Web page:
(Winner of the Ditmar Award for Best Novella, 2009)
(Winner of the Aurealis Award for Best Horror Short Story, 2008)
(Recipient of an Honorable Mention in Best Horror Of The Year Volume One, edited by Ellen Datlow)
Christ, not again. Hard enough to sleep with the afternoon sun sleazing through the venetian blinds, the dull ache in each and every joint of her sweat-sick body, and Faith groans as she rolls over to grab the bottle of water beside her bed. Blister pack of tablets beside that, antibiotics of some kind, and RelaxaTabs as well because the doctor refused to prescribe her any sort of decent sleeping pill; she takes two of each.
Natural rest, my arse.
Hard enough to sleep with the near-constant vertigo and the quilt pulled right up to her chin, sweating and itching beneath it because otherwise she'll only wake up with chattering teeth and her fingernails a disturbing shade of blue.
Hard enough without this: the sobs and muffled shouts pressing through the shoddy townhouse wall, the nameless thumps and, yesterday, even the sound of smashing glass.
Faith pulls the pillow over her head, but it's too hot, too close; she can't breathe properly even when she's not trying to smother herself. Stretches her legs instead, trying to kick the cramps from her knees, and when the shouting from next door starts up again, she raises a fist for the umpteenth time to pound against the wall.
And, for the umpteenth time, stops herself at the very last second.
It might only make things worse.
No idea who her neighbours are, after all. A single woman, the agent's assurance during inspection, quiet and tidy; you'll have no trouble there-and with that now so obviously a lie, who the hell knows what she's moved in next door to on a fucking twelve-month lease?
The shouting ceases, gives way to sobbing. Soft, feminine cries that Faith almost can't hearâ€”and somehow that only makes it worse. So, two more RelaxaTabs before curling tight beneath the blanket with her chin tucked close to her chest, and no matter that it's harder to breathe through her congestion like that.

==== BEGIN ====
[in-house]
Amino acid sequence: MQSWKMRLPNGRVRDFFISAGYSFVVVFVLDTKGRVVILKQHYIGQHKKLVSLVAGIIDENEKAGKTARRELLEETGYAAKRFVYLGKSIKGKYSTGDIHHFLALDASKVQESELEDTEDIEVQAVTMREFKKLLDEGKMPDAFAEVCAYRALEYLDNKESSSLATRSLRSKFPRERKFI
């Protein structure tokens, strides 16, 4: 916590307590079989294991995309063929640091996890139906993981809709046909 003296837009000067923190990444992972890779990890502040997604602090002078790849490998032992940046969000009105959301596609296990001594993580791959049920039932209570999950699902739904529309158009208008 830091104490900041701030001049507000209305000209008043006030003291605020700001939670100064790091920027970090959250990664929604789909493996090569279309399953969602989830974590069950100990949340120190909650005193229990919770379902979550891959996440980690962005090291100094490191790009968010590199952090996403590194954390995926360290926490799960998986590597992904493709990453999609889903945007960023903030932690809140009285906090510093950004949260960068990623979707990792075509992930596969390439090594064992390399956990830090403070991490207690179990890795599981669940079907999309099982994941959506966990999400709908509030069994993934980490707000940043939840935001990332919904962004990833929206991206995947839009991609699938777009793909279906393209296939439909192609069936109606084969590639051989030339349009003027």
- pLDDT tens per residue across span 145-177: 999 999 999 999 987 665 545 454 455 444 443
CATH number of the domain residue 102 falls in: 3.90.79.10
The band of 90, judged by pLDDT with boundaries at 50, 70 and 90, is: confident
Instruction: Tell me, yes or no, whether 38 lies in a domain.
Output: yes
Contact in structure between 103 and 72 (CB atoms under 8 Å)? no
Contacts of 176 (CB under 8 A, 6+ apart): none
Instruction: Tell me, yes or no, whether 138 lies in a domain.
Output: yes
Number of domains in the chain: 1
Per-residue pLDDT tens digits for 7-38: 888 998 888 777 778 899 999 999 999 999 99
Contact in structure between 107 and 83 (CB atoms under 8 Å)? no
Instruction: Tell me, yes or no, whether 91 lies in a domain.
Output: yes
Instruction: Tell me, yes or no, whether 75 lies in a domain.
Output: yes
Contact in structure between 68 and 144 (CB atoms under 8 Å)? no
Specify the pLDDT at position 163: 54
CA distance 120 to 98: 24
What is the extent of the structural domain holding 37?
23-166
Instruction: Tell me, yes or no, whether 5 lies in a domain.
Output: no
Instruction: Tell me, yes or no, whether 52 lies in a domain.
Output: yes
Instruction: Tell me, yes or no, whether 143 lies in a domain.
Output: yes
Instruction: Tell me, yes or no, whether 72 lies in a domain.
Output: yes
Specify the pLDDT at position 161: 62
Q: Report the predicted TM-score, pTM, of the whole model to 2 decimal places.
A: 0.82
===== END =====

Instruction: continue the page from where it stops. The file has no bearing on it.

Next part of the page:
Harder still to sleep with what she can hearâ€”and imagineâ€”beyond that wall.
If ice could boil, and still stay frozen, this is how it might burn.
The seething shiver of skin on skin, on cloth, on the bare bathroom floor as she lies spread-eagled in an effort to touch absolutely nothing, or as much of it as she can. The water that ebbs around her chattering teeth, slips into her mouth despite the cool, strong hands that hold up her head, long fingers curved firm around her chin when all she wants to do is slip beneath the surface and sink, sink, sink. The light that swells her skull, her bones, her guts, seeking to split her wide and spill itself into the world.
New city, new job, and Faith is lonely. Not that she would ever admit as much with a clear head, a clean bloodstream; hence the wine.
That had been the plan, anyway.
But mice and men and smothered, broken blondes, Mara isn't alone.
Faith can't hear the sounds all the way out here in the kitchen. Those same whimpers and thumps she remembers from when she was ill, sounds she'd later decidedâ€”hoped?â€”had been amplified by delirium, fever-swollen and exaggerated beyond all measure of reality. Until now. She picks up the cordless phone for the second time tonight, index finger hovering above the 0 on the keypad.
What if Mara hates her for calling the police?
What if the...boyfriend? lover? (rapist?) takes it out on Mara herself?
What if the police don't arrive in time, or even at all?
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